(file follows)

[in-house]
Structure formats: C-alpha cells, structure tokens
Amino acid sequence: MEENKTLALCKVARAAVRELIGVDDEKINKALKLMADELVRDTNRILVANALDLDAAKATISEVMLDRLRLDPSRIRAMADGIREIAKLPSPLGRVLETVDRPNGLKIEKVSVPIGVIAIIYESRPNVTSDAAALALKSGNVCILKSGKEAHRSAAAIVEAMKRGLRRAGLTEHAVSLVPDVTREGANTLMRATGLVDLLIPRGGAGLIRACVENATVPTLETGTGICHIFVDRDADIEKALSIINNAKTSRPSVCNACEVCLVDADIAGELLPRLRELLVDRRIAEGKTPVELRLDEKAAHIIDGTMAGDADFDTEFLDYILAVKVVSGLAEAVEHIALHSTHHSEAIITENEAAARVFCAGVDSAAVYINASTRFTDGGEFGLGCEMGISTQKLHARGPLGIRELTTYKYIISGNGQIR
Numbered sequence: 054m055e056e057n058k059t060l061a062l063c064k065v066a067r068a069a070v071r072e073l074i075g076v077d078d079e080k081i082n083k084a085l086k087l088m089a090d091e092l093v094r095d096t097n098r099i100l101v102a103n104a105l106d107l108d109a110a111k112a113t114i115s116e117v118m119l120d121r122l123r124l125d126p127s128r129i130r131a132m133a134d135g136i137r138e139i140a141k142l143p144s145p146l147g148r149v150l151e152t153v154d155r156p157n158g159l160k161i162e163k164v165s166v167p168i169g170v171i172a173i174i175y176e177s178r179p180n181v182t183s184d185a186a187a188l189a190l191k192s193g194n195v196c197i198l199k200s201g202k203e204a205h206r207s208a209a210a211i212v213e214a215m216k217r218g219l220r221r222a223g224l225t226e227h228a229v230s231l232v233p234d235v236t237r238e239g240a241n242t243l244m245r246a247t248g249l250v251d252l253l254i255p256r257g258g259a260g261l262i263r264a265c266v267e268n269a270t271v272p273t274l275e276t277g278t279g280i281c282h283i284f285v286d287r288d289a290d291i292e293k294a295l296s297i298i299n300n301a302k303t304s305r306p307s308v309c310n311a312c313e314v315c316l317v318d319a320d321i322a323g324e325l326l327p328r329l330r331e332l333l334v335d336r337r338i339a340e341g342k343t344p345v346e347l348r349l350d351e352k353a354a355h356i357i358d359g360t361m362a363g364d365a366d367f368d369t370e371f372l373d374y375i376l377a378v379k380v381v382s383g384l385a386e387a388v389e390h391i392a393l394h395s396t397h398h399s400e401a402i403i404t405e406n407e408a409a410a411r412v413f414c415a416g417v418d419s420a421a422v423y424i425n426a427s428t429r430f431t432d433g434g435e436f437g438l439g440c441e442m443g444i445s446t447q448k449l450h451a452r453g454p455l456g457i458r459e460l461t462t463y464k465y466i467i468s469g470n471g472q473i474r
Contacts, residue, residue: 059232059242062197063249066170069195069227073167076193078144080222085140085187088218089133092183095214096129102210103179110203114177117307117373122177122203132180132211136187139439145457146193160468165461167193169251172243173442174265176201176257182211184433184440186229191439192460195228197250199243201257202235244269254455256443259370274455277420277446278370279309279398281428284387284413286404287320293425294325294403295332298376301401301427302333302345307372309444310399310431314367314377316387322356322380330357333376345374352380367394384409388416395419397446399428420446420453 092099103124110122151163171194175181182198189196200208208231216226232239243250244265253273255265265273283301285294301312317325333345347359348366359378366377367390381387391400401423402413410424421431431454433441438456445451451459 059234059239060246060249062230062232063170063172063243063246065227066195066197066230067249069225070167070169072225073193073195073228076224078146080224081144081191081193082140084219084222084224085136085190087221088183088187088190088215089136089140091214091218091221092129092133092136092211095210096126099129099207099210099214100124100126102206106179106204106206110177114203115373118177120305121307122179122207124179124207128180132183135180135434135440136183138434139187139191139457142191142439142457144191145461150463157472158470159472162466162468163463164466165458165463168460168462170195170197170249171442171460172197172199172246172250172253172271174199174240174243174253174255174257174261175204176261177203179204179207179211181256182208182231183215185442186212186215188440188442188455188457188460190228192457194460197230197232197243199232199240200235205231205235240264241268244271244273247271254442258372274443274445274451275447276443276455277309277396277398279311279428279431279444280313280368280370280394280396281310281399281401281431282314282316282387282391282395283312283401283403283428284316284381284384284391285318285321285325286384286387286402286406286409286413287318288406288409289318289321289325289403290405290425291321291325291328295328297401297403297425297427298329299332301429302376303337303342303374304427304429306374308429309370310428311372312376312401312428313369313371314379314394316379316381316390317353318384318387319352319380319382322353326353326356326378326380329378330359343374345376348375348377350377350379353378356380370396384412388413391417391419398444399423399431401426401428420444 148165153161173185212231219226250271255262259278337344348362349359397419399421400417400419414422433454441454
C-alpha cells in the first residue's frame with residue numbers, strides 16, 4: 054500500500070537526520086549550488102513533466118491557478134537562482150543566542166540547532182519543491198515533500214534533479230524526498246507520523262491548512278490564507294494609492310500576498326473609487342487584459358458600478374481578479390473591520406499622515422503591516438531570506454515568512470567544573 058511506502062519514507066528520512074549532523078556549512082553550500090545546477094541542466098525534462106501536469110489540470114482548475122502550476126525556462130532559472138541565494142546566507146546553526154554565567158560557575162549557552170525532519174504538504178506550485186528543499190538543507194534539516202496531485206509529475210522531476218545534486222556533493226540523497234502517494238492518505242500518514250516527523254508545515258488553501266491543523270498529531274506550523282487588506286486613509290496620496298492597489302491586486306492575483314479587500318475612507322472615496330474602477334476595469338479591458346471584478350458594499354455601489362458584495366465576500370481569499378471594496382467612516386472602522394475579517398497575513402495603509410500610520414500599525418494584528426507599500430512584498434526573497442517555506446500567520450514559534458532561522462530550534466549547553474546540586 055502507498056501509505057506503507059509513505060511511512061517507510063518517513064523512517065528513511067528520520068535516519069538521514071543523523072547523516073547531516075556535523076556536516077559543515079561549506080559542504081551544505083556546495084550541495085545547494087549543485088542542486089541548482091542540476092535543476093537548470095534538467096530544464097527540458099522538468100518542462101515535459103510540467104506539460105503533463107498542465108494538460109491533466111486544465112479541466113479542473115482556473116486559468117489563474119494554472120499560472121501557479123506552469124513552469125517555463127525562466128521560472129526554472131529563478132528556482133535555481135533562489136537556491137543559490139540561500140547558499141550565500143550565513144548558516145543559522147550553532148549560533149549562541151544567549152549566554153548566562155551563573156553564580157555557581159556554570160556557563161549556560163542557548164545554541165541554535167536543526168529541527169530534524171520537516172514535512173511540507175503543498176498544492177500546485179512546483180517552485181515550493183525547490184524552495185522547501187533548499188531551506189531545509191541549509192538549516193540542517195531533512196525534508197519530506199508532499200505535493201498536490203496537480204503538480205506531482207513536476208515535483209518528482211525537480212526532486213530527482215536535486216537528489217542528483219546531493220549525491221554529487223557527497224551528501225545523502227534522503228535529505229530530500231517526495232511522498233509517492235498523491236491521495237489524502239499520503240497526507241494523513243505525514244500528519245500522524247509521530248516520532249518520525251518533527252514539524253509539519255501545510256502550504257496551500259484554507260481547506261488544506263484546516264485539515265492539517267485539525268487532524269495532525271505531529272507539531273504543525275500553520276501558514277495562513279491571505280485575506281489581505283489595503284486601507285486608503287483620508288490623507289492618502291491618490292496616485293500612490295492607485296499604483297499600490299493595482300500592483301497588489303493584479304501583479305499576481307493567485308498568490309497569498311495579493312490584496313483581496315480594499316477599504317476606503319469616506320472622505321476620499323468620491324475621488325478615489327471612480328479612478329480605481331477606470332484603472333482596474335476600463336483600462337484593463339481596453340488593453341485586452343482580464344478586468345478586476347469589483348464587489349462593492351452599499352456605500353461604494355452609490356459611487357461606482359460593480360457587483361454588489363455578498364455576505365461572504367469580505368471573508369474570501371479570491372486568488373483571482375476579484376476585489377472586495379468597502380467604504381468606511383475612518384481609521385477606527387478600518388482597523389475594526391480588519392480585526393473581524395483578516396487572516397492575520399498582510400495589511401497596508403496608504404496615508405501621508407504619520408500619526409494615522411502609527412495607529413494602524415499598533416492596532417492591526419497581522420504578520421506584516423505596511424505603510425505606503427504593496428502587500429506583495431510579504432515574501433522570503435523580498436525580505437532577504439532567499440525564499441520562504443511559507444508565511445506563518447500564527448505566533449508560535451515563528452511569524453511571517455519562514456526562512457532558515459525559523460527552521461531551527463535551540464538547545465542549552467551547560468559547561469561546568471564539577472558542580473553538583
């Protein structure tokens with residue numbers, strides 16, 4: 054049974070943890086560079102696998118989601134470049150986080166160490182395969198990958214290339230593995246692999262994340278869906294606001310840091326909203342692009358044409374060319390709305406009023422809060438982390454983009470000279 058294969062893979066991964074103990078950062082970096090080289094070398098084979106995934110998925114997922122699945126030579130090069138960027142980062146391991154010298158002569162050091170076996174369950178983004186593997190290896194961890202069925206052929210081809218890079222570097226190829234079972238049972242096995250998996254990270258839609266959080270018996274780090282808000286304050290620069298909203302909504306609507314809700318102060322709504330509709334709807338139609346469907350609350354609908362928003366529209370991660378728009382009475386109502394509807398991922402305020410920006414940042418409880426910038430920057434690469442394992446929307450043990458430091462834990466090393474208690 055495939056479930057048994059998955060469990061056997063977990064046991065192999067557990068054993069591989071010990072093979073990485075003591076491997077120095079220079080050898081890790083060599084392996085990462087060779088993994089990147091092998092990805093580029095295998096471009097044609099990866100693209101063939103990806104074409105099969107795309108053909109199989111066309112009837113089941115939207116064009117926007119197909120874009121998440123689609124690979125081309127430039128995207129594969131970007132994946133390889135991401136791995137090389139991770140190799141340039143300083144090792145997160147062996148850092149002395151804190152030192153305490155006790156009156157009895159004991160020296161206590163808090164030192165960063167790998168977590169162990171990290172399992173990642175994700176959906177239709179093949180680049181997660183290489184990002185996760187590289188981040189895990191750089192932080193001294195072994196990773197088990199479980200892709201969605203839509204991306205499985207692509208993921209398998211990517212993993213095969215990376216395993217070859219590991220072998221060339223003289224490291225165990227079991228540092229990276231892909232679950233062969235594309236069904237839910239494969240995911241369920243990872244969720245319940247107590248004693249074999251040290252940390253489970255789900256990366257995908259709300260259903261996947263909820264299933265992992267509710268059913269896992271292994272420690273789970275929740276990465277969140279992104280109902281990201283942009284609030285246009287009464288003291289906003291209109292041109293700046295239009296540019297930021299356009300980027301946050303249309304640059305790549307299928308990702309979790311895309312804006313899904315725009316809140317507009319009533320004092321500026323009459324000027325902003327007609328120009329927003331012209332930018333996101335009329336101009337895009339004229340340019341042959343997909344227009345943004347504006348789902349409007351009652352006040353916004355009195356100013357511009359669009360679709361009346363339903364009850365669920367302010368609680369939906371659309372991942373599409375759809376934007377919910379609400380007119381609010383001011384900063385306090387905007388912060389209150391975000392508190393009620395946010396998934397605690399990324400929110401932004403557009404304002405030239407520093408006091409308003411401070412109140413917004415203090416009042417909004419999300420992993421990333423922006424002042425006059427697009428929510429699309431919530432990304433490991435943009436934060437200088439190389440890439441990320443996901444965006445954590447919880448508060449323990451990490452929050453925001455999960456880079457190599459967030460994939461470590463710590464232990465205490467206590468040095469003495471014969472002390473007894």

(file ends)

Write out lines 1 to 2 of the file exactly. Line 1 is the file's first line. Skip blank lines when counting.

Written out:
[in-house]
Structure formats: C-alpha cells, structure tokens